No, the main, or most solid reason is because of Ishida’s performance with Dmitry Pirog.
Dmitry Pirog is Russian and since Golovkin is from Kazakhstan; for most related purposes to this discussion Golovkin may as well be considered Russian too. There is virtually no difference between the Kazakhstan and Russian amateur styles; both are as brutally efficient as the boxing competition and the combined countries it spans, are large.
For reasons - some of which I wont go into here - Gennady Golovkin knows from Ishida's loss and fight with Dmitry Pirog that there will be very little Ishida will bring to the table that he can't deal with better than Pirog. Not in the least as when he watches Dmitry Pirog fight, Gennady's understanding of Dmitry Pirog's style means he can almost read the fight and those tactics that Ishida struggled with, like a book. Not to mention any connections across the Golovkin and Pirog camps.
What it all means is that Golovkin can closely translate Pirog’s actions from the Ishida fight, and Ishida’s responses; into Gennady’s own style and plan with a degree of almost unmatched accuracy that allows a close approximation of the real thing. In short Golovkin will understand at depth most of Pirog’s moves, and why they were made.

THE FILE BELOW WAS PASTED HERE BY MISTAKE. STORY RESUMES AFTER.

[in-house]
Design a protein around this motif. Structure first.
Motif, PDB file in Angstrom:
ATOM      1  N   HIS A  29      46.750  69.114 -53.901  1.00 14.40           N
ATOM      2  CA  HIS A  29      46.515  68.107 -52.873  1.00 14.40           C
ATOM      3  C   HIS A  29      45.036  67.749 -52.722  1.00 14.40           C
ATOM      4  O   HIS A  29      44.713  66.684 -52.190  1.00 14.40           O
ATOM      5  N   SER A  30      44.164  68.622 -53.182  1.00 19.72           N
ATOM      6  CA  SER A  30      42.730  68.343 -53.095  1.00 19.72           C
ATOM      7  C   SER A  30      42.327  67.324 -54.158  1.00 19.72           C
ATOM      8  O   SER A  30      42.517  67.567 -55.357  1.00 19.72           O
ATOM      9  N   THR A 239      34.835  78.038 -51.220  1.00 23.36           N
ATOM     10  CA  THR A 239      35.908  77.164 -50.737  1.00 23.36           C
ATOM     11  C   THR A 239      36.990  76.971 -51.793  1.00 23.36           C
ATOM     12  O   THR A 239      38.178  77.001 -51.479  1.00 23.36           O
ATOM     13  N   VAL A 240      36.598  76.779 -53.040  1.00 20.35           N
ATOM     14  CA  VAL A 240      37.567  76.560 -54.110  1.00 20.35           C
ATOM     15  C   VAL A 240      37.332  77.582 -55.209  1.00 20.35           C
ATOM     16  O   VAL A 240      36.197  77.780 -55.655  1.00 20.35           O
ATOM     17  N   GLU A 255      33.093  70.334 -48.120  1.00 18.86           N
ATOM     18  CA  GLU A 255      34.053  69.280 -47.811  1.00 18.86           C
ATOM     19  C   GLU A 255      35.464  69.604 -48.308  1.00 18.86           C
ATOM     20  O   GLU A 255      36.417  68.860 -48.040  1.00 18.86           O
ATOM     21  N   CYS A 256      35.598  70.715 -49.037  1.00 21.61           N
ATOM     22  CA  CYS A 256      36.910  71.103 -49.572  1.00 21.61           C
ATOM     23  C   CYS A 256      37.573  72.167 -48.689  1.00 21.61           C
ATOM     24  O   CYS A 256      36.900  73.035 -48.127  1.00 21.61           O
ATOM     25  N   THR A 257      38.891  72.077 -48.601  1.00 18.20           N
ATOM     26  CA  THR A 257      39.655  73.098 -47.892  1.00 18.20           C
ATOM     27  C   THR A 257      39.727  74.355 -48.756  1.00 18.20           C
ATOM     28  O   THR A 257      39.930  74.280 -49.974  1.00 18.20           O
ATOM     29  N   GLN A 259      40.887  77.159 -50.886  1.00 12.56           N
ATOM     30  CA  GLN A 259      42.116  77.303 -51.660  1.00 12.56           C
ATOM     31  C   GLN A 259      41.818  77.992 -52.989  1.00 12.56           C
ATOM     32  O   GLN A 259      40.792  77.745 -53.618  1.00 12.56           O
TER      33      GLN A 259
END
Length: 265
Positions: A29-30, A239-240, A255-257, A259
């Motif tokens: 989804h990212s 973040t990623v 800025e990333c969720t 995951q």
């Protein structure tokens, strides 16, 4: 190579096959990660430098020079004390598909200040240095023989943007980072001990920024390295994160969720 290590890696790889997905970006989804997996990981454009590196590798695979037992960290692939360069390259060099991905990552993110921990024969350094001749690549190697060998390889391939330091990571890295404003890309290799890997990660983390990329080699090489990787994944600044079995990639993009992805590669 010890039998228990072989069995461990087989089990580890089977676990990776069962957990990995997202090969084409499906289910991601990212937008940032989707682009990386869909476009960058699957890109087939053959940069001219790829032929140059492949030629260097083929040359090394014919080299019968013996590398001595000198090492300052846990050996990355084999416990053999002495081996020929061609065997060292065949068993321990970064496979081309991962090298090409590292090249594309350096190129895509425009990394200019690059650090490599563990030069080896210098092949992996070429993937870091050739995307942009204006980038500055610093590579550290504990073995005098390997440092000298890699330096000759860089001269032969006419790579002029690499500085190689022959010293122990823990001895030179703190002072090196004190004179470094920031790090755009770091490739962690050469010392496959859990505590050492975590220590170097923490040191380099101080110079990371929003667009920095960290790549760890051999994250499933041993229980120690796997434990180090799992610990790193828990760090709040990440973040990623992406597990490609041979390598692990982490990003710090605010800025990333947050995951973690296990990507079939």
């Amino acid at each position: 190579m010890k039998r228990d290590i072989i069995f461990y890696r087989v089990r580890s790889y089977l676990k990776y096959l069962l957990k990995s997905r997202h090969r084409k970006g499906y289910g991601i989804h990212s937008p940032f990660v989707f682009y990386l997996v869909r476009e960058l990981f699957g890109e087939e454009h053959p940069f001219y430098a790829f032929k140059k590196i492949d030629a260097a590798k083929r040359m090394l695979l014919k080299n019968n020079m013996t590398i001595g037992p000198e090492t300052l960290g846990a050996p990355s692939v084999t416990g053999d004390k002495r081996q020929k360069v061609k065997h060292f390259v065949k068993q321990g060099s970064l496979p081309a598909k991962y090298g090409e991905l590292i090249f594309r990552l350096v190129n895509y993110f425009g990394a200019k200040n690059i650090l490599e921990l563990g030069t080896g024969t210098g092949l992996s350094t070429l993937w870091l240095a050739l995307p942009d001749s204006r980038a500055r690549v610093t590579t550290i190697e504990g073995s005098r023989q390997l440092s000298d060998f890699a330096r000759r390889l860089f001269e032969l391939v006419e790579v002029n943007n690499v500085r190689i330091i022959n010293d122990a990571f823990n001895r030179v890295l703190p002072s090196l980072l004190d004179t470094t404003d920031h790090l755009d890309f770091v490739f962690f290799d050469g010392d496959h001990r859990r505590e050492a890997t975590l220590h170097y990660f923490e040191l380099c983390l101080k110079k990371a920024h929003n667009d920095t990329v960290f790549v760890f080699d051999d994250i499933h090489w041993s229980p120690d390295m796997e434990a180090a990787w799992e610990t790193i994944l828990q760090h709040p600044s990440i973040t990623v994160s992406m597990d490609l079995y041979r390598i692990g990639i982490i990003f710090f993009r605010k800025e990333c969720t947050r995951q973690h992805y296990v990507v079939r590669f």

Put with the above, for Gennady; the chances of being unfamiliar with something Ishida does and not being able to dominate him, are perhaps equaled only by those odds related to the likelihood that Golovkin will not win and Ishida will find a newfound comfort fighting above 154 when facing not only the hardest punching opponent yet; but also someone significantly better than his last opponent whom Ishida lost to.
And so the flames that say Golovkin is hype are fanned. Or are they?
I mean Ishida did just contend for a WBO middleweight title didn’t he?
Oh, did I mention that (in a way not dissimilar to the Rosado fight) that for the Golovkin V Ishida fight, Ishida will be fighting at or around 157; which is typical of the weight Gennady has fought at with his last 7 or so fights.